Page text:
People with Personality Disorders Do This In Relationships
September 8, 2020 by Counseling and Wellness Center of Pittsburgh borderline personality disorder, Bowen Systems theory, healthy relationships, narcissistic personality disorder, Personality disorders, Unhealthy relationships 0 comments
People with Personality Disorders Do This In Relationships
Differentiation of Self: Learning to balance Self Needs with the Needs of Others
We can all agree that balance is a key component to healthy living. Sometimes it comes naturally, but more often than not, balance is really hard to maintain. One of the most difficult places to find balance is in our relationships. If we want to find balance, it is worth taking some time to think about the things we are trying to balance between. Being in relationships is like walking a tightrope. There are some people who have a pattern of relating where they have not developed coping strategies that help them work through strong emotions. These people, often personality disordered as defined by their rigidness and complex unhealthy ways of understanding themselves and others, cut off anyone who challenges or counters them. We are constantly balancing between our own individuality on one side, and our desire for a sense of togetherness on the other. Whereas emotionally healthy people welcome differences in others, personality disordered people have not moved beyond the immature way of viewing the world that understands not everyone is the same. Entering into relationships fulfills the human desire for a sense of belonging or togetherness. Once we are in a group or relationship, learning how to navigate around individual differences often proves to be quite difficult. It is easy to succumb to charged situations and react based on emotions rather than a thoughtful choice. ‘Differentiation of Self’ is the ability to interact with others while, at the same time, regulating your own emotions. Think of how narrow your world would become if your default was to run away from every person who you cared about who said or did something you didn’t like. This is however the reality that individuals with borderline personality disorder and sometimes narcissistic personality disorder create.
Think about a disagreement that is currently causing you frustration in one of your close relationships. You probably share commonalities with the person you disagree with, but at the same time your individual differences create tension. What do you do? If you are afraid of creating distance in the relationship you might just blindly agree with the person. You wouldn’t lose your closeness, but you would sacrifice some of your individuality. On the other hand, you could cut the person off emotionally, and distance yourself in the relationship. This would allow you to maintain your independence, but you would lose your closeness and possibly the relationship. Both of these responses are irrational and extreme, a product of all or nothing thinking that are often related to several personality disorders. Neither of these options are really healthy. Each is an escape in reaction to the emotional pressure of disagreement.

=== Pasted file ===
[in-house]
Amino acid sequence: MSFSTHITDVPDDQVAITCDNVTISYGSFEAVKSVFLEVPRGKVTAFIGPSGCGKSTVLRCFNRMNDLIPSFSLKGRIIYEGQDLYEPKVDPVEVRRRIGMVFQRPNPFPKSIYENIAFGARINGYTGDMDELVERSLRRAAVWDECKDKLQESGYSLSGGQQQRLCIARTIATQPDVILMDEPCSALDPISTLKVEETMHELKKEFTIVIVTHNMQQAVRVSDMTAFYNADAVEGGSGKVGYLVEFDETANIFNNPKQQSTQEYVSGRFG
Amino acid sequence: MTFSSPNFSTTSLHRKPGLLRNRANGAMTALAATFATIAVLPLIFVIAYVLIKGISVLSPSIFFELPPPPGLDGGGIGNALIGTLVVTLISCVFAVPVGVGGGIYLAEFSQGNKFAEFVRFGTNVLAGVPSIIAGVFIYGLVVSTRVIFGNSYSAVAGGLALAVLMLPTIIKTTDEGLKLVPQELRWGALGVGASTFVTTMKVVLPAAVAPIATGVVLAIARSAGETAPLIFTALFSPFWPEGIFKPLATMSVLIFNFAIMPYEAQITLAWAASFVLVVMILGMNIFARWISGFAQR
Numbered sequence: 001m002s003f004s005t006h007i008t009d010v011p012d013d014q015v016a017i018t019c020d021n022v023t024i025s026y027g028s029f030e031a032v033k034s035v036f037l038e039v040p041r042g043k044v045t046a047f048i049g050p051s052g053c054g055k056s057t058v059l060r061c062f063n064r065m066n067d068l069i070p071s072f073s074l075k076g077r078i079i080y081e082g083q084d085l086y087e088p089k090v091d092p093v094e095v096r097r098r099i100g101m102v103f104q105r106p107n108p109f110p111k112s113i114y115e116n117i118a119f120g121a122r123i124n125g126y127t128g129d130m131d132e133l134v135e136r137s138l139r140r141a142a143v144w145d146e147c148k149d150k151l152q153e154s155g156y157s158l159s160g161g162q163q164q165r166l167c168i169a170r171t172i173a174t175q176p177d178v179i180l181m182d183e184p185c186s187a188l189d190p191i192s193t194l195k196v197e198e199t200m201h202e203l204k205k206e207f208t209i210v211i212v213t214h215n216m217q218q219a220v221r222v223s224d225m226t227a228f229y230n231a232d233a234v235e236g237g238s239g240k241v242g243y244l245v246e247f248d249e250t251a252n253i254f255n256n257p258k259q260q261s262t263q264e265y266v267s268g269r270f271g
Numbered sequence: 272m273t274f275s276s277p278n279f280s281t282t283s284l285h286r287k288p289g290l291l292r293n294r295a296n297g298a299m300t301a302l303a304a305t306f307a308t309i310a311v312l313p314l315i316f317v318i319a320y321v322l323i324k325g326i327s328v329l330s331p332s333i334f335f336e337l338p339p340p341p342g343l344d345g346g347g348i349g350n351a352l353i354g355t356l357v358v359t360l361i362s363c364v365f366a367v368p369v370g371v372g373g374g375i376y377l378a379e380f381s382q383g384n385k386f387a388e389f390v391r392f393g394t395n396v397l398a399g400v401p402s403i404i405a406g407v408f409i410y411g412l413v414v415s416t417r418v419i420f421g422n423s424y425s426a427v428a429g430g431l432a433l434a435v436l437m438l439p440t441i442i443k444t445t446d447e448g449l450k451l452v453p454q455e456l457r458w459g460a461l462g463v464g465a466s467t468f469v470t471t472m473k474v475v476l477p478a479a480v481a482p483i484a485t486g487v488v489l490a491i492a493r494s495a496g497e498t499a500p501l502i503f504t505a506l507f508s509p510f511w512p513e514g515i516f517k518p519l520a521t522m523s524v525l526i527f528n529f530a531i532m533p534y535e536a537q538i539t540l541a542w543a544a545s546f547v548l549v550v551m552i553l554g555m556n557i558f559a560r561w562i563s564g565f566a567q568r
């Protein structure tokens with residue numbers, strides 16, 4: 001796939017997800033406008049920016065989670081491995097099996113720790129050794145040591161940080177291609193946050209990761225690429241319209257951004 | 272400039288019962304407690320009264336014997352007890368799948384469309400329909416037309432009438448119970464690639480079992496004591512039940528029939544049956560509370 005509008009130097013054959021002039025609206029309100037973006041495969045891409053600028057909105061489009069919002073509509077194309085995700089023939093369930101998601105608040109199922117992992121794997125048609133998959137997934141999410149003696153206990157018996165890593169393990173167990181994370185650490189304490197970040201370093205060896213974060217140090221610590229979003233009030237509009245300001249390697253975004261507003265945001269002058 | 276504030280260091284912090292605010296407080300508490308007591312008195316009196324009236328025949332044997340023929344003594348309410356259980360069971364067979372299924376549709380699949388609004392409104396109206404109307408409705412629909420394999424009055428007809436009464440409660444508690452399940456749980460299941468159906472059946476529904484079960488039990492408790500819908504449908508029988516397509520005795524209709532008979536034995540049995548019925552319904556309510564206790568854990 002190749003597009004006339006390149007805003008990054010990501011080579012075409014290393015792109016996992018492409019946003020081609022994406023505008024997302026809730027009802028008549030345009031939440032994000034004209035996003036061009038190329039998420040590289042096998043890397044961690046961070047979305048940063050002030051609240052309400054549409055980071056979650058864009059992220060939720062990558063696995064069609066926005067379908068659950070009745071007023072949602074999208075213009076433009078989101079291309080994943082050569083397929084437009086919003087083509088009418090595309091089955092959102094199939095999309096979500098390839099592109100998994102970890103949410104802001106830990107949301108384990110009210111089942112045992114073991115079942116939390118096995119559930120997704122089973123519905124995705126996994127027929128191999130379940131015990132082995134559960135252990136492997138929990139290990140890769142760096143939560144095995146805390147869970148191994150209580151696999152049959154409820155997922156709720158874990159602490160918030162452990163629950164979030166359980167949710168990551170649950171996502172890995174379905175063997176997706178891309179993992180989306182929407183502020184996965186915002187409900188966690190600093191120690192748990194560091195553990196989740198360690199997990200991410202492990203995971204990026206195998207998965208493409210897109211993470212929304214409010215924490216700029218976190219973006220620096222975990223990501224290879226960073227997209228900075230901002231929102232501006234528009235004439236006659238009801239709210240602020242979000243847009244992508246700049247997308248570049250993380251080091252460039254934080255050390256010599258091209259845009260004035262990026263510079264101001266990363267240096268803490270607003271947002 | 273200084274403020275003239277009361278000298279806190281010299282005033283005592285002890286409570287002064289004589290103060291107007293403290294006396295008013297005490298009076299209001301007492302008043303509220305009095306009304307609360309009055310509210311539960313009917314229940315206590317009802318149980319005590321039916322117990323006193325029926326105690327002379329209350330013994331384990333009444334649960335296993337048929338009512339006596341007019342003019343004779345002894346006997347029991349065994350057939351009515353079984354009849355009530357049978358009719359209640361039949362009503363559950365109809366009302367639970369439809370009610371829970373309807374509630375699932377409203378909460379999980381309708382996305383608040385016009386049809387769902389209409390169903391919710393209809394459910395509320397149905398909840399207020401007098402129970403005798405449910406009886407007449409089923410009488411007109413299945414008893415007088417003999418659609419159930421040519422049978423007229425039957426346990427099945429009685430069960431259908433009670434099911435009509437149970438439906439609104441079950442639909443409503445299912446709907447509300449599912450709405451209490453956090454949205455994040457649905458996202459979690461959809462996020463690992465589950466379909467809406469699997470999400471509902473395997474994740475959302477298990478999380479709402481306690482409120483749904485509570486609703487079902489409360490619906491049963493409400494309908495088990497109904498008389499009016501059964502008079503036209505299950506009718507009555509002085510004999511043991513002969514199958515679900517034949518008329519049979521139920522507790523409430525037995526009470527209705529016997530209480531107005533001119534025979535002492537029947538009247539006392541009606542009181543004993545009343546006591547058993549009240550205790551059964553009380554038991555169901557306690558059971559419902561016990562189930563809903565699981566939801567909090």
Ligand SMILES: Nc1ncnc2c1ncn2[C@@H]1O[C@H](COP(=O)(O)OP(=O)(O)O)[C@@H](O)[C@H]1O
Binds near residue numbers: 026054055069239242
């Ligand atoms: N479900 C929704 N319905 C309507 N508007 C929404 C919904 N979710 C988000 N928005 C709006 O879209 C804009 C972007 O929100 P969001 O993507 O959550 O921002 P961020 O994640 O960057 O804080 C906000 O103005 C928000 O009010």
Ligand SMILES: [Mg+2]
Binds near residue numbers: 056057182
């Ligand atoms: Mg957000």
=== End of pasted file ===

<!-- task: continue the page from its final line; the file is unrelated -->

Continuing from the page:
Differentiation of self is an idea that describes the ability to regulate your own emotional climate rather than getting drawn in or overwhelmed by the emotions of others. It also has to do with a person’s ability to interact with others without losing their sense of self. This is because a well differentiated person is able to hold the tension between their needs and the needs of others without becoming overwhelmed and acting purely on the strongest emotional push. Someone who is “well differentiated” is able to realize the difference between their own emotions, and the emotions of the people around them. Their choices are thoughtful, taking their emotions into account without being ruled by them. They are able to find peace even in difficult situations and respond thoughtfully in moments of pressure.
Think of individuality and togetherness like two sides of a coin that are distinct, but at the same time inseparable. One side has to do with our concept of self. It is the aspects of our personal life and experience that make us unique and different from others. On the other side, we have a desire to share similarities with others, and to be a part of a group. This is the desire for togetherness, or a sense of belonging. When we are differentiated, we have the ability to enter into a relationship and not lose ourselves. We are able to identify our own emotions and thoughts when responding to tension in a relationship, and we do not react to the emotions of others, but rather intentionally respond. We do not give up ourselves to be with someone, but rather we learn how to truly be ourselves with someone. Learning to regulate our emotions in charged situations is the skill that allows us to hold the balance between our needs and the needs of others. It is a necessary to be able to experience tension in order to have difficult conversations. Healthy relationships rely on our ability to express ourselves in a way that is authentic to ourselves, and at the same time sensitive to others. Being well differentiated protects you from getting uncontrollably pulled in by your own emotions or the emotions of other people. Ultimately, it allows you to enter into relationships fully, in a healthy way, without having to sacrifice your sense of self or losing your own identity.